There are have always been three methods of taking title to real estate in Vermont, “tenants in common,” “tenancy by the entirety” and “joint tenancy with the right of survivorship.” Recently the Legislature passed legislation allowing “civil unions” which, essentially, created a fourth type of title, “partners to a civil union.”
Although the reaffirmation process can be somewhat technical, debtors and their secured creditors have much to gain by going through the process.
Sooner or later, it is bound to happen. Your company receives a notice that one of your vendors has filed for bankruptcy. This vendor owes you money. What do you do? First, don’t despair.
Facey Goss & McPhee recently responded on behalf of a client (the “Company”) to an inquiry by the State of Vermont Office of the Attorney General, Civil Rights Division, regarding allegations of discriminatory hiring practices. The recent inquiry involved allegations that the Company discriminated against an applicant during the hiring process based upon her gender.
In Vermont, hearings before a municipality’s planning commission, zoning board, or development review board historically have been relatively informal affairs. Whether participants appear before the panel to propose development, to respond to an alleged zoning violation, to object to a proposed project, etc., they frequently will appear without legal representation, and rarely will come armed with much more than a survey or building plans – sometimes only sketch drawings – of the property in question and/or of the work to be done. At the hearing, participants typically will present an unrehearsed narrative describing their reasons for being there. Otherwise, no formal presentation or exhibits are prepared for or submitted at the meeting.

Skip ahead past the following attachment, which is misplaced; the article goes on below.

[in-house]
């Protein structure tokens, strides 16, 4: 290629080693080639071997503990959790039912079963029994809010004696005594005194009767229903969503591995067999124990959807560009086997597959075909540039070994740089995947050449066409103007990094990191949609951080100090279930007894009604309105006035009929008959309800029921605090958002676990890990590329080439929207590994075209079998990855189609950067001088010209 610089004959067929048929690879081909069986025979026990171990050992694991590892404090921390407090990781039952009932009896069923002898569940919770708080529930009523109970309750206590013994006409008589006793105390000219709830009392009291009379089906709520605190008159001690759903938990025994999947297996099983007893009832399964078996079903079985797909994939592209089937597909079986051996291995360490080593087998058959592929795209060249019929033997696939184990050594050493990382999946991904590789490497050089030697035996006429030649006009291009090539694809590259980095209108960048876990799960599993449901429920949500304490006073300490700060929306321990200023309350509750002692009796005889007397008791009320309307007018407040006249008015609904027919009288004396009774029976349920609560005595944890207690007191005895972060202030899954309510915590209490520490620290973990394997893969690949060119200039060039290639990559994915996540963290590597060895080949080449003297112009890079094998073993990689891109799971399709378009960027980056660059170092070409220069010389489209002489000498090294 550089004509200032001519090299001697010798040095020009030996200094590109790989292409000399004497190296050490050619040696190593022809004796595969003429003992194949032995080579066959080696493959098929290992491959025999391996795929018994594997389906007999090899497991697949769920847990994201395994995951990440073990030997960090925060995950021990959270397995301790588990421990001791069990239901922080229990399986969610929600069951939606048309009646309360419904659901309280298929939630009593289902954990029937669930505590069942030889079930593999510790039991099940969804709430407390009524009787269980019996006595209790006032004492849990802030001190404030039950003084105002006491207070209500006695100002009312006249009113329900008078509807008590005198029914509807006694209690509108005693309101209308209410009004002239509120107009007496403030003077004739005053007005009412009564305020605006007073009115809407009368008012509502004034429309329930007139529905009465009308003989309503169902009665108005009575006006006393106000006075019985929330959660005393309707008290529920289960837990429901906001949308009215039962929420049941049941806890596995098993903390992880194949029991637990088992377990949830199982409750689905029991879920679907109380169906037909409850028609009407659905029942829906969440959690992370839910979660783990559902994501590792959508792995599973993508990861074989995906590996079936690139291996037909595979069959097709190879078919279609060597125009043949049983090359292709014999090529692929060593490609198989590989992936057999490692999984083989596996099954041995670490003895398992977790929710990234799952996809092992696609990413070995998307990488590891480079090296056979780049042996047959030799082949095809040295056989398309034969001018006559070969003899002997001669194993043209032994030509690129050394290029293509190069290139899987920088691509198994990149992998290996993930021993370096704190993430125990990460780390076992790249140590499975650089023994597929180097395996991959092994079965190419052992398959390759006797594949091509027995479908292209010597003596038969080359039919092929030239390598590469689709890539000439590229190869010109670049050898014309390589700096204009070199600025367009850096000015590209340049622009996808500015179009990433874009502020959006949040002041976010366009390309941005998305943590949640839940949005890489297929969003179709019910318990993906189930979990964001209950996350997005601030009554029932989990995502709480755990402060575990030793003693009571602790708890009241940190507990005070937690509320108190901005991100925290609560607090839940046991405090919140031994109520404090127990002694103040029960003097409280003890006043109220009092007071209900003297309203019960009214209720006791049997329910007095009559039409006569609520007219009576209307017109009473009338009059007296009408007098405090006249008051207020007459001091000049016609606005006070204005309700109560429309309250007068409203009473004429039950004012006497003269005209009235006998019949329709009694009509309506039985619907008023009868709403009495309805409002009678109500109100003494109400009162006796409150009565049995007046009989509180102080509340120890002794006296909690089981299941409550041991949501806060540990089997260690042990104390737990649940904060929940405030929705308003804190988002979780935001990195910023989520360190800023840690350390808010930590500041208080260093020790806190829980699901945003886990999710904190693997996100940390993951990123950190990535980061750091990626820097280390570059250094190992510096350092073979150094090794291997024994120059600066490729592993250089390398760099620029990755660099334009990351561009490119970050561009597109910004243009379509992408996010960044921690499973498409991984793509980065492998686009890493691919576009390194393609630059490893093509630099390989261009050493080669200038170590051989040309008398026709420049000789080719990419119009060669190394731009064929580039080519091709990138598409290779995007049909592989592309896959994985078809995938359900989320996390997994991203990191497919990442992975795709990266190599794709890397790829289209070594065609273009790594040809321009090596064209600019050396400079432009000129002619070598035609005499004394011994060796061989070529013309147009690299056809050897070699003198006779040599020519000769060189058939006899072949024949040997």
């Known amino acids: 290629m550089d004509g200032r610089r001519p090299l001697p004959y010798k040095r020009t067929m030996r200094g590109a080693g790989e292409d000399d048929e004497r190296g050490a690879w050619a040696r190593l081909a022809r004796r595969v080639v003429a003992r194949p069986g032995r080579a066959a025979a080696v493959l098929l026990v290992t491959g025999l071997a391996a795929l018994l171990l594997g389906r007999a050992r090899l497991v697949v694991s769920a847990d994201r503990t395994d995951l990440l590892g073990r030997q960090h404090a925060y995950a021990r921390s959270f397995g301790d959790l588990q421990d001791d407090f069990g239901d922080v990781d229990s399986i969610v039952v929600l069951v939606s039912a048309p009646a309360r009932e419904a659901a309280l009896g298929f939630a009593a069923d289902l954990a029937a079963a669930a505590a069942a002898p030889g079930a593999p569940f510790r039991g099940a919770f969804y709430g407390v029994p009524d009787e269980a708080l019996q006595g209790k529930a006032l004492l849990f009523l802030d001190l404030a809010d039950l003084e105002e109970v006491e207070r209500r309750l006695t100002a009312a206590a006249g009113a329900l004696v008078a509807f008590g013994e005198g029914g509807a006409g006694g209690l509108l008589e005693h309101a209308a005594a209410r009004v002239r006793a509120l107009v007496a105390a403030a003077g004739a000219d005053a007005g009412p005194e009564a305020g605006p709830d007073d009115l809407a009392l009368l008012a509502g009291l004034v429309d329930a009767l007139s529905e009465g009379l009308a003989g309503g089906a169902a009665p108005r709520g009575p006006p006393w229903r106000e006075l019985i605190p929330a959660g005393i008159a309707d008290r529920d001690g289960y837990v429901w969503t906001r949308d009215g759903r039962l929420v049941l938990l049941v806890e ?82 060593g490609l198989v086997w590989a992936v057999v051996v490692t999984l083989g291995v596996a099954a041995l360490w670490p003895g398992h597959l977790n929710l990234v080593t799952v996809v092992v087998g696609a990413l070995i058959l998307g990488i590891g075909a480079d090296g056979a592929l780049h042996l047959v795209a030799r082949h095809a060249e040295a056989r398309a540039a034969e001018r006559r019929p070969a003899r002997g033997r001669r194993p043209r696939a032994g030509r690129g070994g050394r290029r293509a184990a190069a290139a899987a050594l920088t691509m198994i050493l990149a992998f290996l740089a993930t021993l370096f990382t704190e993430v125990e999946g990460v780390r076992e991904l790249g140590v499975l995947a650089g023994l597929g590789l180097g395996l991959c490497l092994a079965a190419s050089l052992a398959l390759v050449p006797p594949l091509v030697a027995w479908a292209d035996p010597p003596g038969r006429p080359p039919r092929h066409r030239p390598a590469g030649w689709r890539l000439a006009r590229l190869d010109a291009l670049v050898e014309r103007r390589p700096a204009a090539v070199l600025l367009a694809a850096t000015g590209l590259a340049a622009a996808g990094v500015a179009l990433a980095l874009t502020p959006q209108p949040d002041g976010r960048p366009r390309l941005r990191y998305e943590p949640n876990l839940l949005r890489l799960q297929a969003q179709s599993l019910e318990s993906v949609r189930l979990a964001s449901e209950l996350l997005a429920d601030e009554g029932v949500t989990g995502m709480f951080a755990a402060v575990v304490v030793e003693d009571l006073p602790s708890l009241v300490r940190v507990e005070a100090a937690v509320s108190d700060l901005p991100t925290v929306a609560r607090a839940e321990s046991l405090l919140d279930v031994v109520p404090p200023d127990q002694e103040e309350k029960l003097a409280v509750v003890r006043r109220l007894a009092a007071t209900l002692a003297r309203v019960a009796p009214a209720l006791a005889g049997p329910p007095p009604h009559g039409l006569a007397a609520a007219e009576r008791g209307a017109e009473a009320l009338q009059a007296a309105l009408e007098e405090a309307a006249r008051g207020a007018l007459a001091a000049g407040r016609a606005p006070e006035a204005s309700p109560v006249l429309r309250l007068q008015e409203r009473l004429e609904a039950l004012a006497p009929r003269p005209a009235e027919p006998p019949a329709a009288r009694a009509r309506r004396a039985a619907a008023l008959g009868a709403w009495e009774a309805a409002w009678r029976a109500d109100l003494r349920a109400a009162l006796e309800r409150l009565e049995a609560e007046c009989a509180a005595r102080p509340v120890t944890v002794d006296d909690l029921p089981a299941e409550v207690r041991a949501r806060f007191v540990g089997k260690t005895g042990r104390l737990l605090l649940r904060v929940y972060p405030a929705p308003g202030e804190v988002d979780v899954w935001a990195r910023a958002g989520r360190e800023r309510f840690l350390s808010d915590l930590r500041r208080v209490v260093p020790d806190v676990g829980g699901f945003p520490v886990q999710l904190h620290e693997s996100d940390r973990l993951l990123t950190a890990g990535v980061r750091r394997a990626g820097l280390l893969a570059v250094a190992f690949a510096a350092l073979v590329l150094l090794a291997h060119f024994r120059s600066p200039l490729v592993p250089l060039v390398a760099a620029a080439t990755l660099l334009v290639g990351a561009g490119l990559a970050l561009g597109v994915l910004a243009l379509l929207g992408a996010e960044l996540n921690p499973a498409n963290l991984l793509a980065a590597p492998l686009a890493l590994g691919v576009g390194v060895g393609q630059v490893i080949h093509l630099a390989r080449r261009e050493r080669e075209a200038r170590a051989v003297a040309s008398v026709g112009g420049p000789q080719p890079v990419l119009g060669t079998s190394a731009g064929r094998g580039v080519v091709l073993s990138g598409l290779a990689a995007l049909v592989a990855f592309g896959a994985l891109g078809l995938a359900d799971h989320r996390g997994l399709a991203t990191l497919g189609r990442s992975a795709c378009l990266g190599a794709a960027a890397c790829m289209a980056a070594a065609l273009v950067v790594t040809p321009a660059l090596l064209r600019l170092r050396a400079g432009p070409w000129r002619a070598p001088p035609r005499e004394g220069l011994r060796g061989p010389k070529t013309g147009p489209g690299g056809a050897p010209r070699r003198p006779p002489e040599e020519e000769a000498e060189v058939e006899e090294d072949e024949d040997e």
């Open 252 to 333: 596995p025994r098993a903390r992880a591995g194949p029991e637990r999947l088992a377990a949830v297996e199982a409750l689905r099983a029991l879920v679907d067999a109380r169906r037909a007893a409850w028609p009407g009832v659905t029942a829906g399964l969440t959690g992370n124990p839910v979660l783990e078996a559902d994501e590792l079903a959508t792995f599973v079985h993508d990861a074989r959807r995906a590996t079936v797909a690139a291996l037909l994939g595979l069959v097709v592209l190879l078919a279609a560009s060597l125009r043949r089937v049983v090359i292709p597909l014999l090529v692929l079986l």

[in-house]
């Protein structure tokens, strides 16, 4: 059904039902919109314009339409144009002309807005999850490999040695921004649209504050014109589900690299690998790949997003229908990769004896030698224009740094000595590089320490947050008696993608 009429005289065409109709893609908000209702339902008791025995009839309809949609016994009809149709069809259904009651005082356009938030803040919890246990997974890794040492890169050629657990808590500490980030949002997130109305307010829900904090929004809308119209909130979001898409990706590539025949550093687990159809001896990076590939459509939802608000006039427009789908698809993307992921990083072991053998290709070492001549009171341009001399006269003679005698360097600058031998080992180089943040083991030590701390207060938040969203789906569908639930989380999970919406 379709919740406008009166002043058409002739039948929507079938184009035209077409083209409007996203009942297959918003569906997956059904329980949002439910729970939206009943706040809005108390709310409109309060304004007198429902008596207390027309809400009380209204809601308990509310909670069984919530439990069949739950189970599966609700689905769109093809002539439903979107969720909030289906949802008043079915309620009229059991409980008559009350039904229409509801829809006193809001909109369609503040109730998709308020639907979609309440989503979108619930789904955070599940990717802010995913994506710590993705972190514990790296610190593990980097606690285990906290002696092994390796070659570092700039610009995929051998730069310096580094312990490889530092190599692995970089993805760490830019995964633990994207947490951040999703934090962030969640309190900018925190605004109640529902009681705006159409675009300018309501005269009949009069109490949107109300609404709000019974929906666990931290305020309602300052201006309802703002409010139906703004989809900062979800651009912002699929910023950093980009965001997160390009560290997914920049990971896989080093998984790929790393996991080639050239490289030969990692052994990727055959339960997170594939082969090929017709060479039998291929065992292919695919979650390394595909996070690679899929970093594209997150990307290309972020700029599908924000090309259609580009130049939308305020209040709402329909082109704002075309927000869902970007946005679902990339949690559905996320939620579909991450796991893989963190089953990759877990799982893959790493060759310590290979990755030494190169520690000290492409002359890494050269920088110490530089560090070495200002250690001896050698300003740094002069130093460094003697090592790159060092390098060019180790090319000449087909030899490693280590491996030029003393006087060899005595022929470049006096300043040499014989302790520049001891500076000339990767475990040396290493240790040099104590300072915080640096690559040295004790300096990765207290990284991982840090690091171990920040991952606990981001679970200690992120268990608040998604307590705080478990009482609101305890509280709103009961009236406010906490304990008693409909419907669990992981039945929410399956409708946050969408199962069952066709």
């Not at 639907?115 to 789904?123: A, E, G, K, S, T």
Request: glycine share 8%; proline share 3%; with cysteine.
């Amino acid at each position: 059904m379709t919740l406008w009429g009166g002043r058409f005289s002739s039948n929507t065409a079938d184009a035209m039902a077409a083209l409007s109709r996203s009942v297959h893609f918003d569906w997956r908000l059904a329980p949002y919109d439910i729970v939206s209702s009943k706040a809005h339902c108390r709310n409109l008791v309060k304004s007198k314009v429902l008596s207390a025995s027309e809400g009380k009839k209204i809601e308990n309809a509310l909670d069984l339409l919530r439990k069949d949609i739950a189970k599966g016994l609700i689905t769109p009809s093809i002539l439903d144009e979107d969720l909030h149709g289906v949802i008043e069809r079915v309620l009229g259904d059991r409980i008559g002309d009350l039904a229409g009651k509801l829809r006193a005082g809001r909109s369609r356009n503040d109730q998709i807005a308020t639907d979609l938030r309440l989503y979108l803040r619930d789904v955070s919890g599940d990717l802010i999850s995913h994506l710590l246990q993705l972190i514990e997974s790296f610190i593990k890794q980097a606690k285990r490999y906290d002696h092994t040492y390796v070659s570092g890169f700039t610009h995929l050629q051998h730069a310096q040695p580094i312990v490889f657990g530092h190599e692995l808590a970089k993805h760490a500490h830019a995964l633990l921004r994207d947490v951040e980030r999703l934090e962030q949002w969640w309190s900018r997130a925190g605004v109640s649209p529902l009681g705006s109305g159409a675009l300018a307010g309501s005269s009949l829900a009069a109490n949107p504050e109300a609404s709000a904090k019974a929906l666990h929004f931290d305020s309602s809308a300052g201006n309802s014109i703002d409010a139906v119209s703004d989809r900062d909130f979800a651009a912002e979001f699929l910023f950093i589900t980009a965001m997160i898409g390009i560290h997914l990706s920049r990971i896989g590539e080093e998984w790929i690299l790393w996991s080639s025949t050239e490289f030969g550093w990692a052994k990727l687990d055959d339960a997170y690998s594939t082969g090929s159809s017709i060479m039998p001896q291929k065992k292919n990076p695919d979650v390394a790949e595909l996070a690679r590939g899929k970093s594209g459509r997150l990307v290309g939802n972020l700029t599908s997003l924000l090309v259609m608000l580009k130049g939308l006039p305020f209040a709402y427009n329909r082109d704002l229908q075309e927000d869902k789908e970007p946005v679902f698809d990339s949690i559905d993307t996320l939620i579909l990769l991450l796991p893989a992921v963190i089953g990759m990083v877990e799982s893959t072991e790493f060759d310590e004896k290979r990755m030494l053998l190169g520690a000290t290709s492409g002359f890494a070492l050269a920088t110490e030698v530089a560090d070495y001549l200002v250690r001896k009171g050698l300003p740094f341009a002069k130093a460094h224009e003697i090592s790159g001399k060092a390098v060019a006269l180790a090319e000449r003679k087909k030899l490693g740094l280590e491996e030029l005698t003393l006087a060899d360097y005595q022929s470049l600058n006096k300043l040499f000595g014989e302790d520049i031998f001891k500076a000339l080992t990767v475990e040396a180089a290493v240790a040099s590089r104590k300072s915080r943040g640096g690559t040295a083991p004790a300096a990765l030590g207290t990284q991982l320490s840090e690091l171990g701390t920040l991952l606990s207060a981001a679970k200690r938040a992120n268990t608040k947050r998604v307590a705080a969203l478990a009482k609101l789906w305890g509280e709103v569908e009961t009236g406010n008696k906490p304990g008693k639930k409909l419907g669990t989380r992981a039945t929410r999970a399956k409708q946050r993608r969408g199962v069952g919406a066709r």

Question Presented: Are there any laws allowing or regulating a non-profit organizations’ ability to organize, conduct, administer or otherwise facilitate gambling events or activities?
In 2008 the Vermont Legislature amended 18 V.S.A. Chapter 38 in an effort to better protect individuals from lead poisoning within the State. Owners of pre-1978 housing have a duty of reasonable care to prevent exposure to or creation of lead hazards.
Because of this ruling, Mr. Baechle can pursue his original assertion that the Town of Mendon failed to take efforts to notify him of the tax sale.